The term “design” intended as “giving form and meaning” to something has become associated to an increasingly wider spectrum of semantic areas: from the classical industrial and interior design, to graphic, visual, service, strategic design, etc.
The principle of this process lies in shifting the focus from one sense to another. For instance we use sight and touch for products and pieces of furniture and we use exclusively sight for graphic design.
Food wasn’t spared from this treatment, since it explores all five senses of human perception, thus expressing great creative potential.
In fact, “Food&Design” was one of the main themes of the latest Milan Design Week, with a cycle of conferences and events that took place throughout the venues of the “Fuorisalone”.
One of the hot-spots was Lavazza Experience Space in Via Savona 50, named after Italian leading brand in coffee making, which is one of the first food industries to have explored the connections with design, thanks to the partnership with Spanish chef Ferran Adrià.
The space is organized in different areas: Coffee Garden, where guests are introduced to Lavazza blends and aromas; Cafeteria, where you can taste Lavazza espresso in purity or in a variety of recipes; Coffee Design corner holds an exhibition of the main products conceived by Lavazza Training Center in partnership with some of the greatest chefs.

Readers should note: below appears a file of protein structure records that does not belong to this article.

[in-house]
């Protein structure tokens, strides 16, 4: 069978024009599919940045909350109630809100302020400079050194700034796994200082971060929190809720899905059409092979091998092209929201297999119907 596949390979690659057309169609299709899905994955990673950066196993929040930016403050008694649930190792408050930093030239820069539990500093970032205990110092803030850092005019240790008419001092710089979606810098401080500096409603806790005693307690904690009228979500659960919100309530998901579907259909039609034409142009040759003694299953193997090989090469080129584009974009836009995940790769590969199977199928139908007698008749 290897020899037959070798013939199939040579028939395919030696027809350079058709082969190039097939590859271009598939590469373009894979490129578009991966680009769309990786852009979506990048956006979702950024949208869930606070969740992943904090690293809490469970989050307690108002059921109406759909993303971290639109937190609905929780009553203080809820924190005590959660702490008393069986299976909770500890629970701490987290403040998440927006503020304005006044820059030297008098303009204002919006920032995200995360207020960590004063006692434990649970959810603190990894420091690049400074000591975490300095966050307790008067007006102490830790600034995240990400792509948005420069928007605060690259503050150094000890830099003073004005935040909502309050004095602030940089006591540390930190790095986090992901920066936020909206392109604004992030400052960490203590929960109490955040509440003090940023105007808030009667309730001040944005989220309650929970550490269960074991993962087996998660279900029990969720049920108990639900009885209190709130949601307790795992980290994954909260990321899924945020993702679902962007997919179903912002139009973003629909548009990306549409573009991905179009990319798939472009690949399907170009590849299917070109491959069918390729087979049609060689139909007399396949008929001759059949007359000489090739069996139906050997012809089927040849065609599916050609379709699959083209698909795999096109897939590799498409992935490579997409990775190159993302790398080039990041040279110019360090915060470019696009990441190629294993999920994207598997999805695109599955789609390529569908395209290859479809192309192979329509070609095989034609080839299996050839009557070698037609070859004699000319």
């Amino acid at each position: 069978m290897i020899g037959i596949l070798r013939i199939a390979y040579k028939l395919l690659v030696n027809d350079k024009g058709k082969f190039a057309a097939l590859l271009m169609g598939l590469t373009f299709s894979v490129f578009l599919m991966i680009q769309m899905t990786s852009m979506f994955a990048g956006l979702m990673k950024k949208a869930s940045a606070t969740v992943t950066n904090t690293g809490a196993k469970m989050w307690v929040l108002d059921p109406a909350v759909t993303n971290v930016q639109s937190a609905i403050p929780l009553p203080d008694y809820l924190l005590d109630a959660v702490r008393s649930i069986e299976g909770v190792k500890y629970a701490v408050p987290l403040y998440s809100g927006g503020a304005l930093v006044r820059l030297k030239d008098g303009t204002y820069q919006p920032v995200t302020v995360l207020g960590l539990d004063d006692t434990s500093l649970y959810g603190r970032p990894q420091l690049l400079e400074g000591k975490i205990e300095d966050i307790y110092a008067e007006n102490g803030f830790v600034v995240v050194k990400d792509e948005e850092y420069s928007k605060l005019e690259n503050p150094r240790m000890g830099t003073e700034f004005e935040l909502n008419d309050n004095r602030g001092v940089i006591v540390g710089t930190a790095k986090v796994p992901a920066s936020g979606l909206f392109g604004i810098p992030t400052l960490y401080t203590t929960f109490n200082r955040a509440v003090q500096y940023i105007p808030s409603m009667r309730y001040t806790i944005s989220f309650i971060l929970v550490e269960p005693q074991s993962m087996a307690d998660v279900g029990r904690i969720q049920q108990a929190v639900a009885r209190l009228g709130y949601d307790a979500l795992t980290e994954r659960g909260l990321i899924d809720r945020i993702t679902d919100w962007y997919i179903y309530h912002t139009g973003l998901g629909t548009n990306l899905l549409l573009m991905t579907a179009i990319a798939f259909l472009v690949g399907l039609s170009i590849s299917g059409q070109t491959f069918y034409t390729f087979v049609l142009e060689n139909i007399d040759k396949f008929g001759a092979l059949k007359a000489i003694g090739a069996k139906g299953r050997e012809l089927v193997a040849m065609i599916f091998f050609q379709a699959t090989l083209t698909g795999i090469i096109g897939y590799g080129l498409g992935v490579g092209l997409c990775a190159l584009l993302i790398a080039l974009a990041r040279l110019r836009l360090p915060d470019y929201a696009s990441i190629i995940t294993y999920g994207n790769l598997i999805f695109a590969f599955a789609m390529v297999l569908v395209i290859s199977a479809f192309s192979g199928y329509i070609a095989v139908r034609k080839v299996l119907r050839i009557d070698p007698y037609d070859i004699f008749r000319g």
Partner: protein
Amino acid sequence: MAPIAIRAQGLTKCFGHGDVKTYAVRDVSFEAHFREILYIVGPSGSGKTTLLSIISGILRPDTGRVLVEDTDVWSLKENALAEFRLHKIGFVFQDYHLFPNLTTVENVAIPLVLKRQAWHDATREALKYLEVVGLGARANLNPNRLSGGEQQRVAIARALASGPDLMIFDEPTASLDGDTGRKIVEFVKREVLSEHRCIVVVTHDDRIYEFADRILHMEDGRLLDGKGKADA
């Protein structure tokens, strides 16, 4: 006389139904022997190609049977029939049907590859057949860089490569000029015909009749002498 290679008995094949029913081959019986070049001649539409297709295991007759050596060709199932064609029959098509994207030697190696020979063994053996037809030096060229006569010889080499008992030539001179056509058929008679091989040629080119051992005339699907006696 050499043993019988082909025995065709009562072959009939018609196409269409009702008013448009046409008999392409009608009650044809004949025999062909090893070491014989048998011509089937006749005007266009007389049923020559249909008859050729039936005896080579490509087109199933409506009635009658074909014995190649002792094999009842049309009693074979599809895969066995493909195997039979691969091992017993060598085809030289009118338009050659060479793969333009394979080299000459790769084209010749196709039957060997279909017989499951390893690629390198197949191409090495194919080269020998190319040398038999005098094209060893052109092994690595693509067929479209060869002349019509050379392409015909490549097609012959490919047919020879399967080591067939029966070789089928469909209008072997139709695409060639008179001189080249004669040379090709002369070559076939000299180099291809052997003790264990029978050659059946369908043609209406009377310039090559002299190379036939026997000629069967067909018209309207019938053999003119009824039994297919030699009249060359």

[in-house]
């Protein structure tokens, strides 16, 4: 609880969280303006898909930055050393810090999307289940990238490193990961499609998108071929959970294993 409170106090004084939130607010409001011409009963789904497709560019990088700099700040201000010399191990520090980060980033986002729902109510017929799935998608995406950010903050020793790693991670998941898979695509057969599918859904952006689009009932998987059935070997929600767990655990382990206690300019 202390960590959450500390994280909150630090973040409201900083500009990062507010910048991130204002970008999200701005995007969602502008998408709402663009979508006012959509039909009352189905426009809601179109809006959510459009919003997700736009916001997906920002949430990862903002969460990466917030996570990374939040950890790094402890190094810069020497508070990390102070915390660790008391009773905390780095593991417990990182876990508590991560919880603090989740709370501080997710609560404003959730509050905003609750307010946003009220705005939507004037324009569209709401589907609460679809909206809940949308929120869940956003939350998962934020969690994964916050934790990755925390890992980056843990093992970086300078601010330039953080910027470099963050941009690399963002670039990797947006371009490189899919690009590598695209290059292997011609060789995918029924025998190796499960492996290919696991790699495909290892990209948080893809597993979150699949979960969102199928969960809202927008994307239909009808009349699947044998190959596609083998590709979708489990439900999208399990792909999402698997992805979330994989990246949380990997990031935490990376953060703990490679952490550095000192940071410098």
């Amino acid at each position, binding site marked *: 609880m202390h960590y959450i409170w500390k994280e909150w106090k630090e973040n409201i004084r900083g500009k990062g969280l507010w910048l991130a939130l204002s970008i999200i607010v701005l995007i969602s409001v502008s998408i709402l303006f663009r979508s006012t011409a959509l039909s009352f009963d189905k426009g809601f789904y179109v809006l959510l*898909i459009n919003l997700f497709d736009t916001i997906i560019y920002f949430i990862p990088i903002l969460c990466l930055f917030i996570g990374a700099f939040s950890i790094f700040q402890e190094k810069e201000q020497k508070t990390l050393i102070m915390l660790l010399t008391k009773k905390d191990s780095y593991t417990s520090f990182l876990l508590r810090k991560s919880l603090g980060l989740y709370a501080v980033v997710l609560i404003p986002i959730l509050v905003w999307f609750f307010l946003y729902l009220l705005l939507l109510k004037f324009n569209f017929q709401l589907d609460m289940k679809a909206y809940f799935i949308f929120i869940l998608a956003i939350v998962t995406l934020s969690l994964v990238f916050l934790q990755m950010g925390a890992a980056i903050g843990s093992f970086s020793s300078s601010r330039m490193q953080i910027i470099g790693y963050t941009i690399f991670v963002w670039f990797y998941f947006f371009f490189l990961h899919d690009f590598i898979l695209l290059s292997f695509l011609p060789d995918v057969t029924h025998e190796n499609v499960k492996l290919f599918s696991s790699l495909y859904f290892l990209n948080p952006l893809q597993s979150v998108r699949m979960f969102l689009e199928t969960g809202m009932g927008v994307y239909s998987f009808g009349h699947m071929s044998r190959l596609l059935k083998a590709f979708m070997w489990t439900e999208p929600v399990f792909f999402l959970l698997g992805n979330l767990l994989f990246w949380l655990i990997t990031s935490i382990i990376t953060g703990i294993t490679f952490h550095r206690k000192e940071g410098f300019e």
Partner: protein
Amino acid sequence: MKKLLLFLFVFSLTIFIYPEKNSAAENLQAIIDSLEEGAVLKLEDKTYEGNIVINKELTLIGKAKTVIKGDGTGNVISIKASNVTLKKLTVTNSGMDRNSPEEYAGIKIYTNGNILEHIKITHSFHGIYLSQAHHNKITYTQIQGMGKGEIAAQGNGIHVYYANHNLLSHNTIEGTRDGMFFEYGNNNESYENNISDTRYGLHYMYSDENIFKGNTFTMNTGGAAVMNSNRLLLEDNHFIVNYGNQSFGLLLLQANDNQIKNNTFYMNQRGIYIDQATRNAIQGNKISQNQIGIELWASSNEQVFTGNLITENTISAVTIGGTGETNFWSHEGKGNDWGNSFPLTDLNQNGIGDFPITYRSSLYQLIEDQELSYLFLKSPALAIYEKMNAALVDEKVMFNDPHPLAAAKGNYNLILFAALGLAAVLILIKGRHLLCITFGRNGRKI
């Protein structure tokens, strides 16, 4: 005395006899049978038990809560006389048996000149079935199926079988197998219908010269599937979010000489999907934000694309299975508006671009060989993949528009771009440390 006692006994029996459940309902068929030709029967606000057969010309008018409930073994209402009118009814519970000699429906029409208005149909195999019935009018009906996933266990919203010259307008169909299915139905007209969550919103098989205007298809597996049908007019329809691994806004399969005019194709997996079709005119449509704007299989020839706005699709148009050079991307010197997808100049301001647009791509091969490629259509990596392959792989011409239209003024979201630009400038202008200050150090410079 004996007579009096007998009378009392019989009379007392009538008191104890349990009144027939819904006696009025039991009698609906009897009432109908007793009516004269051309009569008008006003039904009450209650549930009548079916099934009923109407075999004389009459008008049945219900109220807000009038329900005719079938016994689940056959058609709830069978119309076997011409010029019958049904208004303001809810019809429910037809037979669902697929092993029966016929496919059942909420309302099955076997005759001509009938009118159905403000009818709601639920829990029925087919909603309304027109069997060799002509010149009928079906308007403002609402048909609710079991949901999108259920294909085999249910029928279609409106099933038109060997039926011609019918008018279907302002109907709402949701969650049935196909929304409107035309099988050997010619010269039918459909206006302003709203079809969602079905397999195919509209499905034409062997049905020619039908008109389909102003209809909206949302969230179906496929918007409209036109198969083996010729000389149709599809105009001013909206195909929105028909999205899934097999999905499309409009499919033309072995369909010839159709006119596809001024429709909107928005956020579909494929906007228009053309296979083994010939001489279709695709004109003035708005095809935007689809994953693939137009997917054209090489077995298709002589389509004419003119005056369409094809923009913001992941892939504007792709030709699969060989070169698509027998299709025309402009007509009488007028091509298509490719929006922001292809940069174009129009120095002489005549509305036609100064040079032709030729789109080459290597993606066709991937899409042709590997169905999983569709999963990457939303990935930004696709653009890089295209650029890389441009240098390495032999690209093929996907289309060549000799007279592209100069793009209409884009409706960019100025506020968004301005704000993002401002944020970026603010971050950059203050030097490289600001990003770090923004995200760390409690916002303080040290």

Coffee Design corner is also the place where some of these recipes are prepared by expert Lavazza Trainees in front of few lucky guests, who can taste delicacies like Coffee Caviar, a special mixture of coffee and sodium alginate which, at the contact with a solution of calcium salt, forms a thin jelly membrane, or Cappuccino Nitro, a Cappuccino cream “cooked” in a bath of liquid nitrogen that forms a frozen crust on the outside while remaining soft in the inside.
While mixing coffee and chemistry tasted already very exotic, giving the microphone to a chef and a designer at the same time seemed delicious as well. This was the case of the conversation between Massimo Bottura, Italian chef, and Makio Hasuike from MH Way.
What came out was a beautifully choreographed exchange of views over two topics that are influencing more and more the way we live and experience things: cooking, while remaining the primitive form of open “crowdsourcing” through oral tradition, is being permeated by a sense of aesthetics that goes further than my father’s risotto recipe. Design, on the other hand, creates a context in which an experience is set up: in products or interiors, just like in a dish of lasagne, different layers are superimposed, that recall ergonomics, functionality, aesthetics and nostalgia, balanced together to form the perfect recipe.
Images by Lavazza